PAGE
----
I’m a Black Woman Who Is Still Afraid That Non-BIPOC Stylists Won’t Understand My Hair
4a–4c girls, you know what I’m talking about.
One of the most important relationships you’ll ever have isn’t always the one with your closest friends or the love of your life. It isn’t your kinship with your family or your close-knit ties with your house pet. This precious relationship is built on the connection you have over the fate of your natural hair—your stylist. I’ve worked on my own relationships with stylists for several years, and it’s a connection that I’ve learned I won’t be able to find everywhere—or shall I say, at every salon.
In my younger years, having naturally curly hair was the bane of my existence. From painful wash days to Sunday afternoons booked in advance for bi-weekly blowouts, having curly hair never felt like something about which to be proud. To be honest, there were times I would visit salons for blowouts and instantly feel embarrassed watching my stylist struggle to comb through my hair.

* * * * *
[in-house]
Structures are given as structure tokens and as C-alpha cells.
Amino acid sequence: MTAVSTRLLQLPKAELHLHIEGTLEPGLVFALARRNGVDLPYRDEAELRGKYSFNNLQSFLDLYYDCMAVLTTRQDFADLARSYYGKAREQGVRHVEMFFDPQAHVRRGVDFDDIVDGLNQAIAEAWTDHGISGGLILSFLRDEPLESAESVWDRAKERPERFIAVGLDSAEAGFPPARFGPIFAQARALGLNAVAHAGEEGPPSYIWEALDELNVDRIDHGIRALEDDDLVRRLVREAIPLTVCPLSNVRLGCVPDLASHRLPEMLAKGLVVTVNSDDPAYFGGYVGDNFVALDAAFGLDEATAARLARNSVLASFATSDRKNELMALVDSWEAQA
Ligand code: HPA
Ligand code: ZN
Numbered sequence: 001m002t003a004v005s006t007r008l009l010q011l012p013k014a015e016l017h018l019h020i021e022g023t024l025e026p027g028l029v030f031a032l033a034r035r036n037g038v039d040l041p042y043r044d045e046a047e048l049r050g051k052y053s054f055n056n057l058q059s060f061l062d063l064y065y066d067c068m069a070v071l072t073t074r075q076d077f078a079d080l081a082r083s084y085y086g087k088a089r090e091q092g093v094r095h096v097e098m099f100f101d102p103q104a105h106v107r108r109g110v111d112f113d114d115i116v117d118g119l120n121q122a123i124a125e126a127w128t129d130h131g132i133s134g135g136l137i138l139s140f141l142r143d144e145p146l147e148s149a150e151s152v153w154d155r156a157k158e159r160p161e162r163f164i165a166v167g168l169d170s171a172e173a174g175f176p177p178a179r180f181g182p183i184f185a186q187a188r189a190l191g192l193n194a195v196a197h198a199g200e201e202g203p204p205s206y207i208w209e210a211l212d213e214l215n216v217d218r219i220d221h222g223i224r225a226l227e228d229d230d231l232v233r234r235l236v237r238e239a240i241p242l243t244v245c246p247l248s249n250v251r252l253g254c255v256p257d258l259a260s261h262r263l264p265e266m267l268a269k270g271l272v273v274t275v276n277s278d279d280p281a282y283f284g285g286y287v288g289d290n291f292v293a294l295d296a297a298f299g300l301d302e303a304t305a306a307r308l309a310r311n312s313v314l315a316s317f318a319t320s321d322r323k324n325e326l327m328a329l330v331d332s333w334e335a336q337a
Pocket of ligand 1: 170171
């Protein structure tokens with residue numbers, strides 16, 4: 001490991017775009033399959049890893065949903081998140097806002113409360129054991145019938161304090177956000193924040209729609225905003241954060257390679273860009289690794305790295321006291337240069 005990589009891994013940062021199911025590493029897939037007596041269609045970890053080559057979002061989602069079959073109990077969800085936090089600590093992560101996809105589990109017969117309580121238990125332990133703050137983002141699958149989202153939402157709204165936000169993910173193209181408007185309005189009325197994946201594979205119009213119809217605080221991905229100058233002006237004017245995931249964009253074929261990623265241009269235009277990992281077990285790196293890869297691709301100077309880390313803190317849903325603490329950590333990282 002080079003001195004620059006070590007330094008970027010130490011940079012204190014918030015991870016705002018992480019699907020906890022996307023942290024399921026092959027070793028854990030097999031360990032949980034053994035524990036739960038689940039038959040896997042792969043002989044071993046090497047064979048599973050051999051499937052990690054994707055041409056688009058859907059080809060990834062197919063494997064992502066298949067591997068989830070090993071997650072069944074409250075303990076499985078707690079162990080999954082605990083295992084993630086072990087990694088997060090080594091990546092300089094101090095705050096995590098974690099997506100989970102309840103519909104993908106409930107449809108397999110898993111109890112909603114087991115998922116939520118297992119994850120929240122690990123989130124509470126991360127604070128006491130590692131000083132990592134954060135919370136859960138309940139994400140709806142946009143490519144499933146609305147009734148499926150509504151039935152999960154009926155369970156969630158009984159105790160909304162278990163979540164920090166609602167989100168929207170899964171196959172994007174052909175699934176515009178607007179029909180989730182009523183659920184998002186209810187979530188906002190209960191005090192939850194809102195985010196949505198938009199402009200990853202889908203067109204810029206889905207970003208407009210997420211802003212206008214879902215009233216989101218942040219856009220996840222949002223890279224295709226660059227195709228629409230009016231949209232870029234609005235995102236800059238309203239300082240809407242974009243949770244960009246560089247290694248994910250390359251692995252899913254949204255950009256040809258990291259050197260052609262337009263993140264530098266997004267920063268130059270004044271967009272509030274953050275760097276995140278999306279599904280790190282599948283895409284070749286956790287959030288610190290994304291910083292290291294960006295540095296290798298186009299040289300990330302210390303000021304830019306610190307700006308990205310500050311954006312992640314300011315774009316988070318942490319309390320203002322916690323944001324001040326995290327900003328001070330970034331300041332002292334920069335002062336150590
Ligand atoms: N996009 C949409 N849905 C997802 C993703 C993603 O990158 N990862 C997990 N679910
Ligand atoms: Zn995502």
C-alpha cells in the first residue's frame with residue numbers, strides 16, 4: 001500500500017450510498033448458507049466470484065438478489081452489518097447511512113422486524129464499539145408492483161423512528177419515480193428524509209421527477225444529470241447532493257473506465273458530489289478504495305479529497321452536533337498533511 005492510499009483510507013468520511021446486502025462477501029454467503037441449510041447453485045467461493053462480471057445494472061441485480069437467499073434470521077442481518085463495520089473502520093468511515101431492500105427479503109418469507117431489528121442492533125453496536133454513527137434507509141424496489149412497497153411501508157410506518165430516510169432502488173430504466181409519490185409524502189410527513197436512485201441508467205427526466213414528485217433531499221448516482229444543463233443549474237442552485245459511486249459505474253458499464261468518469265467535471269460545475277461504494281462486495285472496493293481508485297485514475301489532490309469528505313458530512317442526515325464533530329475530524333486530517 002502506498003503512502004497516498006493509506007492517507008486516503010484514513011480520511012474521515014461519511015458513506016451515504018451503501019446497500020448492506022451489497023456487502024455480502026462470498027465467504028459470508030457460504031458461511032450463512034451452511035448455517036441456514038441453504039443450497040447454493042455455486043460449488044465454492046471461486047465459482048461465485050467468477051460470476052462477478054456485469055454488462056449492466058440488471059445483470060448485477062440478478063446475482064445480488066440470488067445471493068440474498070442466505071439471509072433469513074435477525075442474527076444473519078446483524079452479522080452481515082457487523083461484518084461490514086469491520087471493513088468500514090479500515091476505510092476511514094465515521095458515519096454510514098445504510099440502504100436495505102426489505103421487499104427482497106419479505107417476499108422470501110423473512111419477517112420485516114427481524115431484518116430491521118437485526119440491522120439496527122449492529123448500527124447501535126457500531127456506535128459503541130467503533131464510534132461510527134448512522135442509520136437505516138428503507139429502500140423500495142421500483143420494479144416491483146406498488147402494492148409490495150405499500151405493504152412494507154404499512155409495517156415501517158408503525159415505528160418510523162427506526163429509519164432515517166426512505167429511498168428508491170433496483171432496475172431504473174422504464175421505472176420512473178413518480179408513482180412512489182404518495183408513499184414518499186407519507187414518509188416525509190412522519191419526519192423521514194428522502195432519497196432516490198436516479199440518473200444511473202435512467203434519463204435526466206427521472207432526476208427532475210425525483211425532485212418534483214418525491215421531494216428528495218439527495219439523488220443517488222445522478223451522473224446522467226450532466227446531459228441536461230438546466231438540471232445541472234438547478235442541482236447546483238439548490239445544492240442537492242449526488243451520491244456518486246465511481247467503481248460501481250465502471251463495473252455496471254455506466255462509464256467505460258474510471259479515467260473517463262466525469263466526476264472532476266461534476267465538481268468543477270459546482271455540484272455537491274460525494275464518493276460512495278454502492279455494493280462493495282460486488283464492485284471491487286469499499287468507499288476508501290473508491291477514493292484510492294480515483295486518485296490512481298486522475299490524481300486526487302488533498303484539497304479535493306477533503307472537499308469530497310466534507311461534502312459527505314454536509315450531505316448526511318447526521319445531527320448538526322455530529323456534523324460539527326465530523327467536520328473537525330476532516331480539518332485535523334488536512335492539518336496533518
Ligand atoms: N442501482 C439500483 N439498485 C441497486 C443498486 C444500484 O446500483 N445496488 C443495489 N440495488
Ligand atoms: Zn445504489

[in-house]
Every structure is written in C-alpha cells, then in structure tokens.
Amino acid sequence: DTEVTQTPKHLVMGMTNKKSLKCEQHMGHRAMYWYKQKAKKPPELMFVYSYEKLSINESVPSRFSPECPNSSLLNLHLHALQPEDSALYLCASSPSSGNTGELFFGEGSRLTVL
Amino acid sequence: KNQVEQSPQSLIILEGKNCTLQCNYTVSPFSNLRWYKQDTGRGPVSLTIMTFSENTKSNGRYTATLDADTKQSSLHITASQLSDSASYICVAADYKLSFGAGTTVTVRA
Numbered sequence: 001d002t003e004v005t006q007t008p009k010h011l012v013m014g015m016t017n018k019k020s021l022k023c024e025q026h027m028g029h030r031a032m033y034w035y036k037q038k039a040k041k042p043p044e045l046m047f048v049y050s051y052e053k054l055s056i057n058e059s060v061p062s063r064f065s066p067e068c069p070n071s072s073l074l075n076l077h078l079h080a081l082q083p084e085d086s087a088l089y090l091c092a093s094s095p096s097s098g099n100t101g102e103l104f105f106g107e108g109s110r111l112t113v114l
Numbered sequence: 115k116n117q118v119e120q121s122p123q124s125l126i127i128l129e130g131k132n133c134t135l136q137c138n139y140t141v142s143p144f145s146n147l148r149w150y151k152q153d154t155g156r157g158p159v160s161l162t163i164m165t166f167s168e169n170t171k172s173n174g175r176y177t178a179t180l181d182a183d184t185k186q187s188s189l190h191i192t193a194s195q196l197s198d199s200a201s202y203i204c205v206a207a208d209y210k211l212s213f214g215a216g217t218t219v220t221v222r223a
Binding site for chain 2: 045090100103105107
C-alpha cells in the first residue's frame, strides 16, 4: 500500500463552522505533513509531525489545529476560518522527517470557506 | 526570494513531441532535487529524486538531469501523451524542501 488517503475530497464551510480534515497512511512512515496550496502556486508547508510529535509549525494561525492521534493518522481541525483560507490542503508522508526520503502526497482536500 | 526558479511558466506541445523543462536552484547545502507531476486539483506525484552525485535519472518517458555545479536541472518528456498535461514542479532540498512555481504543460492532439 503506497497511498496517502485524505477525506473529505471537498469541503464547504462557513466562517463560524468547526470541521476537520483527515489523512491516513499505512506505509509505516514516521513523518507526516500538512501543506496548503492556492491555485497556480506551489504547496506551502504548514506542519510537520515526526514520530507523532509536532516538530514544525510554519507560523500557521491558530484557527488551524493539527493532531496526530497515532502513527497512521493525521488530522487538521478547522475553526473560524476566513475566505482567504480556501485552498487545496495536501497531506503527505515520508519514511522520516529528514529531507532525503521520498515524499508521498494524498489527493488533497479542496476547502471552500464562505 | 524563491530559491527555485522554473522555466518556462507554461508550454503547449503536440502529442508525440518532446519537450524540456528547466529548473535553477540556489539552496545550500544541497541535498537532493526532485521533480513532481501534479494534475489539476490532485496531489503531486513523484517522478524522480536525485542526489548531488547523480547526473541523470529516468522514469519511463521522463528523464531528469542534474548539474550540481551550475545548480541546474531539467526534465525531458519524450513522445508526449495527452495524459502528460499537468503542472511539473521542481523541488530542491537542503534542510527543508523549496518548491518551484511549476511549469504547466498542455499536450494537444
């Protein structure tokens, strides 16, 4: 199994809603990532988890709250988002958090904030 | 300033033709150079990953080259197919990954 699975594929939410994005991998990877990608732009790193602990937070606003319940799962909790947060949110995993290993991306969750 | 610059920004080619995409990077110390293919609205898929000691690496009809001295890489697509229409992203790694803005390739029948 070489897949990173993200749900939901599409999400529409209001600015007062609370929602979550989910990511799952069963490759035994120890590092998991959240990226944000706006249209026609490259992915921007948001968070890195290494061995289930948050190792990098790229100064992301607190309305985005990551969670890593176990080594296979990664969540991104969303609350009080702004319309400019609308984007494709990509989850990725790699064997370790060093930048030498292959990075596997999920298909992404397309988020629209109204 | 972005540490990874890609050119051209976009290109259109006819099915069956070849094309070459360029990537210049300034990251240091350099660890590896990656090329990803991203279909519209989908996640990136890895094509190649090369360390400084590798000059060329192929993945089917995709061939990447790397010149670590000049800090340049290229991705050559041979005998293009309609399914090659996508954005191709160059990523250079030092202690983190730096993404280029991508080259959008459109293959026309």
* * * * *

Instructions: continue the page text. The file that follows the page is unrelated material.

As a Black woman, the negative experiences I’ve had in the past with stylists who weren’t BIPOC have made me apprehensive each time I walk into a salon. I’ve experienced everything from subtle shade about my hair being too dry and unmanageable to stylists suggesting harmful chemicals such as relaxers or perms to make my hair quicker to style.
Once, at a salon in New York, where I was booked with a specific stylist, I got to the salon and the concierge brought me to a chair with another woman of color instead of the stylist I had originally booked. I got it—and quickly understood why. It was assumed that the BIPOC stylist was better equipped to care for my coils compared to their non-BIPOC counterpart.